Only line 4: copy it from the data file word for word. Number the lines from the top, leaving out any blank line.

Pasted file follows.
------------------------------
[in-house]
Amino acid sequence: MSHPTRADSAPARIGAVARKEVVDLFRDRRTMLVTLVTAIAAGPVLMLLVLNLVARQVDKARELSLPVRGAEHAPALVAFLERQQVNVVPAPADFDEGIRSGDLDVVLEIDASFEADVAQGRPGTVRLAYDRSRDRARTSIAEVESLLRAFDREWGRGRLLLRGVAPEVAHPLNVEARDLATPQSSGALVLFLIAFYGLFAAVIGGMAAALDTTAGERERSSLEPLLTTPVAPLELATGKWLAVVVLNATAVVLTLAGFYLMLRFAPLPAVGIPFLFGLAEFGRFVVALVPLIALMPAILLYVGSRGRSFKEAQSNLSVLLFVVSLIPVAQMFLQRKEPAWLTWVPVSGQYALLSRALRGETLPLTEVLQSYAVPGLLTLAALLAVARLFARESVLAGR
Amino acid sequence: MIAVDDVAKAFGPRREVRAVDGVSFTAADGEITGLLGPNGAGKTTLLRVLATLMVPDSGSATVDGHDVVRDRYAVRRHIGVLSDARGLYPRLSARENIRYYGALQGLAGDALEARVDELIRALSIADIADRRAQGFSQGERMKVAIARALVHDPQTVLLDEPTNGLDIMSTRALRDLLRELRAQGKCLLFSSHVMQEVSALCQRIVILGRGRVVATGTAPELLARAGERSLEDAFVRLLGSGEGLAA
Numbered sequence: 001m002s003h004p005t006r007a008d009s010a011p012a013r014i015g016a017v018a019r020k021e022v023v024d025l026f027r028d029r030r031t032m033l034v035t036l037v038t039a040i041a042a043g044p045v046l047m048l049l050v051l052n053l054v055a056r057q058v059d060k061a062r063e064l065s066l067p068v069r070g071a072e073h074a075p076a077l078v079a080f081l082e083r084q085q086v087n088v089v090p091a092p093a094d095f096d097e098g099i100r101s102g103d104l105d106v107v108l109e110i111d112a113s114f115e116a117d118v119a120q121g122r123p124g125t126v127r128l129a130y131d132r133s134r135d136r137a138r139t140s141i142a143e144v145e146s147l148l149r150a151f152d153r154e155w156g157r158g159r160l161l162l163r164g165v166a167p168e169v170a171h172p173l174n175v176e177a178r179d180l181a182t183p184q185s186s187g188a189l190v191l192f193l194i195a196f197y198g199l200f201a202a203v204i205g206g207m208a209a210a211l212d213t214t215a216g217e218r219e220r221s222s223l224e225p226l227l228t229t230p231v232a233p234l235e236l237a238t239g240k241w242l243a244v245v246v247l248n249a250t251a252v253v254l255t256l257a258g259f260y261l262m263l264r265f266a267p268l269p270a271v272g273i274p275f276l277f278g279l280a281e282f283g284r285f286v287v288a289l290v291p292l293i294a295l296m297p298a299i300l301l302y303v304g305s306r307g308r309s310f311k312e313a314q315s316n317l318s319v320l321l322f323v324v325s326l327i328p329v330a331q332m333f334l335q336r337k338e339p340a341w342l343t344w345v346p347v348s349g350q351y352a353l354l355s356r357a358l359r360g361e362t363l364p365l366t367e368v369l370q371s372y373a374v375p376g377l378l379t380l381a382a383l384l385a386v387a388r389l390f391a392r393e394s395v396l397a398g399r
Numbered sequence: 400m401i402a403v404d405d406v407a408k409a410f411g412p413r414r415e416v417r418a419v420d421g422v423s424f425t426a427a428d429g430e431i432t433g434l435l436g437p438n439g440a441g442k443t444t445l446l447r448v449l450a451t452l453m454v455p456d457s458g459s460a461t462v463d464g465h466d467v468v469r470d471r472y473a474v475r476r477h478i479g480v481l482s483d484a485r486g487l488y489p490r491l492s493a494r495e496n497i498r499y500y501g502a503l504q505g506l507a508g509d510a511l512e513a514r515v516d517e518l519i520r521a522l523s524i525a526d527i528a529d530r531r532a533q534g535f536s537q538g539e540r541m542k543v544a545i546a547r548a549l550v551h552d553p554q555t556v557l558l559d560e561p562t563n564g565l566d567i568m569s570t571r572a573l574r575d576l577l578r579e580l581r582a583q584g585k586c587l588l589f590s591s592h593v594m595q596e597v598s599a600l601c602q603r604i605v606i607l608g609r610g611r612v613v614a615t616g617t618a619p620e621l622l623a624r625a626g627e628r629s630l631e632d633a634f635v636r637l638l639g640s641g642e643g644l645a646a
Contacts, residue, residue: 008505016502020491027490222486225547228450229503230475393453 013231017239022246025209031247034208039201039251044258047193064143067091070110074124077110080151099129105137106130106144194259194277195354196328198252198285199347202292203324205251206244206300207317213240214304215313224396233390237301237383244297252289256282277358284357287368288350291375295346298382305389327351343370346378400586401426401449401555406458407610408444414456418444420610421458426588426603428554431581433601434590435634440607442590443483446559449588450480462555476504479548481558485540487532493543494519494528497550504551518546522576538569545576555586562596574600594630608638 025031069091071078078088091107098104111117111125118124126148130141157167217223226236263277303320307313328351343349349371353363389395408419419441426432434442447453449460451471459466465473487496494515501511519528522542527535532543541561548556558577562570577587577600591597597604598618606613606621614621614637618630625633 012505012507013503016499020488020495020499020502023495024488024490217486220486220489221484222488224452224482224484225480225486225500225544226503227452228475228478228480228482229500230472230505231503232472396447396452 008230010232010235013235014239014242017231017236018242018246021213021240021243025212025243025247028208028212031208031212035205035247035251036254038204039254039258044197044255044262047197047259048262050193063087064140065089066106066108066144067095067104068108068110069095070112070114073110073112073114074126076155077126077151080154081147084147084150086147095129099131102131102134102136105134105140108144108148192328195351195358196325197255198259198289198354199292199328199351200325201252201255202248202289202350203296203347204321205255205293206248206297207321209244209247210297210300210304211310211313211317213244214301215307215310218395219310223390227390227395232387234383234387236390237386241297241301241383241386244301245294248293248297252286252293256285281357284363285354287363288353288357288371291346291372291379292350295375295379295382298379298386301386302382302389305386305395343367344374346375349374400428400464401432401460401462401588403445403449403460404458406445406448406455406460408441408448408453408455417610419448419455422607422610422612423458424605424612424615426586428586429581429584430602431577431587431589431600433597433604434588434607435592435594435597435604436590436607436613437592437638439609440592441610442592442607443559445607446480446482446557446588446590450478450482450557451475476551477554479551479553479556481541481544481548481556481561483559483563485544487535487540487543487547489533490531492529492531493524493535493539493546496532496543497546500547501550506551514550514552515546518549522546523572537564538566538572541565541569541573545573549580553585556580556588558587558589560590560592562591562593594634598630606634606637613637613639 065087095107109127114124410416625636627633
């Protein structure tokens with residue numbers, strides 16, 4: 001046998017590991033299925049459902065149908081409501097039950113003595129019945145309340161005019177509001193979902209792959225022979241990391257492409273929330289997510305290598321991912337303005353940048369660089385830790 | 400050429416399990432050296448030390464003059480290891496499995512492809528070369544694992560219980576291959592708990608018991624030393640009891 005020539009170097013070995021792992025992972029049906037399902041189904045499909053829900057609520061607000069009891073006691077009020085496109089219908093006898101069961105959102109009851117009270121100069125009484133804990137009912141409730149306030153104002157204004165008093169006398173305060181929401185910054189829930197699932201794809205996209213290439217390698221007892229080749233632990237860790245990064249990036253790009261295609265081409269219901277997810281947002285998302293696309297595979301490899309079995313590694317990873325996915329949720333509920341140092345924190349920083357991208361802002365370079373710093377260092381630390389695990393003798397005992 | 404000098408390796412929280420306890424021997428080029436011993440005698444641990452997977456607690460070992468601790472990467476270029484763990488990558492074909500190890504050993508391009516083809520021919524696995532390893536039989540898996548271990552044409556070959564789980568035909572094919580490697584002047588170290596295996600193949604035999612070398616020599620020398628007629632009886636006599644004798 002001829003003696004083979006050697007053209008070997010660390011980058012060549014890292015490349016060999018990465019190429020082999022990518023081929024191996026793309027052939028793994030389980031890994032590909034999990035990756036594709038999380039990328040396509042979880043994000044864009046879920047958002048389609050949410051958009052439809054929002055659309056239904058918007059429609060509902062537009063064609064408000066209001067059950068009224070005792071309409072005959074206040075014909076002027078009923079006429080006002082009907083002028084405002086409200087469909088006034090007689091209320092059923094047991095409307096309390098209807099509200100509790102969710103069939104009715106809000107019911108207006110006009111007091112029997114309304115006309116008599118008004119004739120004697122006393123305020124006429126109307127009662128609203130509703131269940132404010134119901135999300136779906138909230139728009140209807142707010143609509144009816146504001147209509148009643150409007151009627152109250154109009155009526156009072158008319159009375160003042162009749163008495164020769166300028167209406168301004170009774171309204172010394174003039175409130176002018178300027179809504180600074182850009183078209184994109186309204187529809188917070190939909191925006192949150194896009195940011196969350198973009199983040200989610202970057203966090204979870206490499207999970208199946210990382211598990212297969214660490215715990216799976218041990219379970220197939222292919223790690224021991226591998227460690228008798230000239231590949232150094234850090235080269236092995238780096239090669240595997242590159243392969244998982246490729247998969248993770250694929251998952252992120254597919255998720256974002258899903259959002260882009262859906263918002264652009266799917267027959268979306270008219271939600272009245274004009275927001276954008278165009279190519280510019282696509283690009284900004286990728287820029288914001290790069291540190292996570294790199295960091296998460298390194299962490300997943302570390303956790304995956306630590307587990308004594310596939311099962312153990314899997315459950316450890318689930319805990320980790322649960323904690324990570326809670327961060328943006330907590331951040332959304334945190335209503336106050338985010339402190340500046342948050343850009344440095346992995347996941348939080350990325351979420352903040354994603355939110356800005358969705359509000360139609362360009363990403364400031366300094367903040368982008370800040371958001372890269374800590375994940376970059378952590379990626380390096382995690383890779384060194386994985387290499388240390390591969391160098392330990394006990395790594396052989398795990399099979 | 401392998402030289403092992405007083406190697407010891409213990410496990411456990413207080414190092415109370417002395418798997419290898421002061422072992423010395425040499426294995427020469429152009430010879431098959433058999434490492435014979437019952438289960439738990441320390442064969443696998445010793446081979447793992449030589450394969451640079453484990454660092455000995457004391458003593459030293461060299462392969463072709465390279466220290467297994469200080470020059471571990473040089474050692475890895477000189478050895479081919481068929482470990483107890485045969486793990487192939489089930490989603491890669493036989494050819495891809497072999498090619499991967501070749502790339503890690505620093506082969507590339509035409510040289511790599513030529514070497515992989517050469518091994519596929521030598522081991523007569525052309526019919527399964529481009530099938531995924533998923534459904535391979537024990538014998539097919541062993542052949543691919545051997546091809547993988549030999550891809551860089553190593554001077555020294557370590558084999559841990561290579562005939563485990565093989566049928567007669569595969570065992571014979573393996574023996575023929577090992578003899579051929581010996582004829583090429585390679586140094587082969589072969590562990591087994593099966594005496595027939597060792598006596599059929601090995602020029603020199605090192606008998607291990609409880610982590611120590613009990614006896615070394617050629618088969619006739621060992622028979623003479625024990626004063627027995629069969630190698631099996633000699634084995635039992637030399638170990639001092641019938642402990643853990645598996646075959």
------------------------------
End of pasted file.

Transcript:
Numbered sequence: 001m002s003h004p005t006r007a008d009s010a011p012a013r014i015g016a017v018a019r020k021e022v023v024d025l026f027r028d029r030r031t032m033l034v035t036l037v038t039a040i041a042a043g044p045v046l047m048l049l050v051l052n053l054v055a056r057q058v059d060k061a062r063e064l065s066l067p068v069r070g071a072e073h074a075p076a077l078v079a080f081l082e083r084q085q086v087n088v089v090p091a092p093a094d095f096d097e098g099i100r101s102g103d104l105d106v107v108l109e110i111d112a113s114f115e116a117d118v119a120q121g122r123p124g125t126v127r128l129a130y131d132r133s134r135d136r137a138r139t140s141i142a143e144v145e146s147l148l149r150a151f152d153r154e155w156g157r158g159r160l161l162l163r164g165v166a167p168e169v170a171h172p173l174n175v176e177a178r179d180l181a182t183p184q185s186s187g188a189l190v191l192f193l194i195a196f197y198g199l200f201a202a203v204i205g206g207m208a209a210a211l212d213t214t215a216g217e218r219e220r221s222s223l224e225p226l227l228t229t230p231v232a233p234l235e236l237a238t239g240k241w242l243a244v245v246v247l248n249a250t251a252v253v254l255t256l257a258g259f260y261l262m263l264r265f266a267p268l269p270a271v272g273i274p275f276l277f278g279l280a281e282f283g284r285f286v287v288a289l290v291p292l293i294a295l296m297p298a299i300l301l302y303v304g305s306r307g308r309s310f311k312e313a314q315s316n317l318s319v320l321l322f323v324v325s326l327i328p329v330a331q332m333f334l335q336r337k338e339p340a341w342l343t344w345v346p347v348s349g350q351y352a353l354l355s356r357a358l359r360g361e362t363l364p365l366t367e368v369l370q371s372y373a374v375p376g377l378l379t380l381a382a383l384l385a386v387a388r389l390f391a392r393e394s395v396l397a398g399r